I am always a little surprised by how fast professed anti-racists will engage in antisemitism. I have never experienced this phenomenon to the degree I have experienced it here in Iowa City. Most people here are really good people, but there is a small group of very vocal ideologues who are apparently not deterred in their open acts of antisemitism. Here are a few tips for avoiding antisemitism that I have recently considered:
Conspiracies are rare. Most cooperation is in the open. When I say something I am not speaking for any other Jew – either collectively or individually. When I act I am not acting on any other person’s behalf unless I am explicit in doing so. If you are quick to infer a conspiracy between my and other Jews, your inference is antisemitic. I am always shocked when people assume I am part of a Jewish conspiracy and not simply doing what I think is right on my own and for my own purposes.
Members of minority groups usually are angered when they perceive bigotry directed towards their group. Responses to such perceptions are not typically cautious and reasoned and can often appear spiteful or vindictive. Expecting minorities to suppress their anger and respond more civilly is a bigoted expectation. If a fellow Jew gets pissed off at you for your lack of sensitivity I am not going to try to put a leash on them. I do not infantilize Jews or anyone else by pretending my calmer response is more “proper” or “better” than their angry response. It is not my place to tell them how they should respond to your bigotry. Expecting one Jew to prevent another Jew from expressing their emotion in a visceral fashion is antisemitic. Expecting a male to restrain a female is doubly bigoted because it reinforces sexist stereotypes.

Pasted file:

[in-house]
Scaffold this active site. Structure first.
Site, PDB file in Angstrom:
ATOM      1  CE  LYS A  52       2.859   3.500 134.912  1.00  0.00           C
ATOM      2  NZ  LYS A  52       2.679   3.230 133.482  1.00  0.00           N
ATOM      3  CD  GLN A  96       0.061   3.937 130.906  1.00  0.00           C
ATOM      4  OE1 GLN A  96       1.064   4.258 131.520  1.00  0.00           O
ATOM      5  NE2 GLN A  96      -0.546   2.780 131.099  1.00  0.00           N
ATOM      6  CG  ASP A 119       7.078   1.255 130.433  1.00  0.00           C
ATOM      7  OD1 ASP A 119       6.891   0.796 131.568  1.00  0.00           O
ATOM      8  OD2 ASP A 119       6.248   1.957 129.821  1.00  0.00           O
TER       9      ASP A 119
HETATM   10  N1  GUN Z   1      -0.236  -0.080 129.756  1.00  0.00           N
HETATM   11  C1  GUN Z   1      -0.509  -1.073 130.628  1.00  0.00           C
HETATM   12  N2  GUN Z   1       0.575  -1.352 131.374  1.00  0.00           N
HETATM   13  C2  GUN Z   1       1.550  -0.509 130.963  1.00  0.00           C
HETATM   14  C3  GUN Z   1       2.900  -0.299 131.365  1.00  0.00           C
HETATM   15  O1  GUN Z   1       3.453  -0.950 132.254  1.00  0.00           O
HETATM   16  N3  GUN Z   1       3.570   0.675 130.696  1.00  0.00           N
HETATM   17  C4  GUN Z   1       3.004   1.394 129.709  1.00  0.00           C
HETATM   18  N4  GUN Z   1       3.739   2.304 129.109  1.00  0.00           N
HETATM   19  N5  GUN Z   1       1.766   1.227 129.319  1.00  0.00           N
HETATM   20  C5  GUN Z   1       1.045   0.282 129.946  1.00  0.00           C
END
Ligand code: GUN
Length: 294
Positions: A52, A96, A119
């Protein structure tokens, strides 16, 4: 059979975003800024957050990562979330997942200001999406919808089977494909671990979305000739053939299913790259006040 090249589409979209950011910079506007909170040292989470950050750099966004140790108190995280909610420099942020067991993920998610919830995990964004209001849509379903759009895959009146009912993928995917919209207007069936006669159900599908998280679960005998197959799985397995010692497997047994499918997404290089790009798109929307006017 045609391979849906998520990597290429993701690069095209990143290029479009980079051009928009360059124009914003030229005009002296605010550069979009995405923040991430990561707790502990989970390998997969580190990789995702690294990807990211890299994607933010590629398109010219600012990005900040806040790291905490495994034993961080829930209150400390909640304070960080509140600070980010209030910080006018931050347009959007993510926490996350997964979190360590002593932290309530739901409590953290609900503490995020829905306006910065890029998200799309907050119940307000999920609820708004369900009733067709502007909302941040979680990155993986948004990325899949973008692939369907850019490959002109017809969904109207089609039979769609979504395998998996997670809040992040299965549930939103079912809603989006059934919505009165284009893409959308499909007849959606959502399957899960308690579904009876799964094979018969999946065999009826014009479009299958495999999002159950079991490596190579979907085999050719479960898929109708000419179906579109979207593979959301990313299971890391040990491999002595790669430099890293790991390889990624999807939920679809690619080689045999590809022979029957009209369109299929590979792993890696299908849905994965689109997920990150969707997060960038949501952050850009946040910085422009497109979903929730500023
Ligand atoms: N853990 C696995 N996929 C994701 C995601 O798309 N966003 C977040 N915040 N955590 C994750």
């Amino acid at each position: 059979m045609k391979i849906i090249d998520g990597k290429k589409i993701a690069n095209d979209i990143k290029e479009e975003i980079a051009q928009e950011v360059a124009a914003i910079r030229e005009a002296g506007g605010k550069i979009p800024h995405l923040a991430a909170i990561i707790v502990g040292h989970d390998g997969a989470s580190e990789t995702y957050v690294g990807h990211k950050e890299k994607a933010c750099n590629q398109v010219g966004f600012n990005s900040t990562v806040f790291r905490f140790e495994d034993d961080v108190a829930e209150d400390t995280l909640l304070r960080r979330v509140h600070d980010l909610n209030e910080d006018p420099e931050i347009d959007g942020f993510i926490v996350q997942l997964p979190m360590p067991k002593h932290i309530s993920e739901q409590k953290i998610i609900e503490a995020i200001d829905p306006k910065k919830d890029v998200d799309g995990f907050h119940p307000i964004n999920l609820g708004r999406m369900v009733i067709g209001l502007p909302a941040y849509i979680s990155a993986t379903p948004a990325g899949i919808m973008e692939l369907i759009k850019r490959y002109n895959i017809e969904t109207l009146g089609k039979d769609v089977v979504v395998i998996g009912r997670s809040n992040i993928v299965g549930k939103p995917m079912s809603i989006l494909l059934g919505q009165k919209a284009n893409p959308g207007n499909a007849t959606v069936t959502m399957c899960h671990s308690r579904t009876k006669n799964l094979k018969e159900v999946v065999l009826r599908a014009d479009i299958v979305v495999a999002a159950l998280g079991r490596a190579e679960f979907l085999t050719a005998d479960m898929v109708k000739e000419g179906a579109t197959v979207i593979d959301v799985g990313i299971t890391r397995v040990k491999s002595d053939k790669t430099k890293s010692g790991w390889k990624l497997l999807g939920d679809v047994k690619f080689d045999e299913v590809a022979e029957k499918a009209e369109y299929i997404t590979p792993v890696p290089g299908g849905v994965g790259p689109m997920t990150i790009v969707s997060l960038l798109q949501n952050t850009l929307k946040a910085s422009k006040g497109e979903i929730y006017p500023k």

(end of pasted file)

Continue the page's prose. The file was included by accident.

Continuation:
There are many individual members of every group who behave poorly at times. Attributing the actions of those individuals to their group, their community organizations or any other member of that group is a bigoted attribution. Minority communities tend to be well connected internally because of their minority status. That one poorly behaved member of a group might have connections to other members of the group is not evidence of general debasement of the group. It is evidence of the group’s normalcy. Expecting otherwise is destructive of minority groups, bigoted, and in the case of Jews, antisemitic.
More locally, there are a few groups (seemingly attended by the same small set of people) that routinely engage in these sorts of antisemitism. They are ostensibly pro-Palestinian in spite of having very few Palestinian Arab members. In practice, they are a lot more anti-Jewish, anti-Israel, and antisemitic than they are pro-Palestinian. What a shame. Don’t be enticed by the superficially tolerant rhetoric of such groups.
I have recently published a Writers’ Group column in the Iowa City Press-Citizen and a letter in the Des Moines Register. Enjoy!
Howard Jacobson’s “The Finkler Question” is an exploration of the relationships of three British men, two Jews and one philo-Semite, their struggles with the women in their lives, and their struggles with Jewishness and antisemitism. It recently won the Man Booker Prize, one of the top literary prizes in the world. … Read more.
The United States has an ugly history of red-lining and housing segregation. Beginning in the 1960s, we rightly began reversing this historic injustice. How odd, then, that we ask a foreign government to implement segregationist policies. … Read more.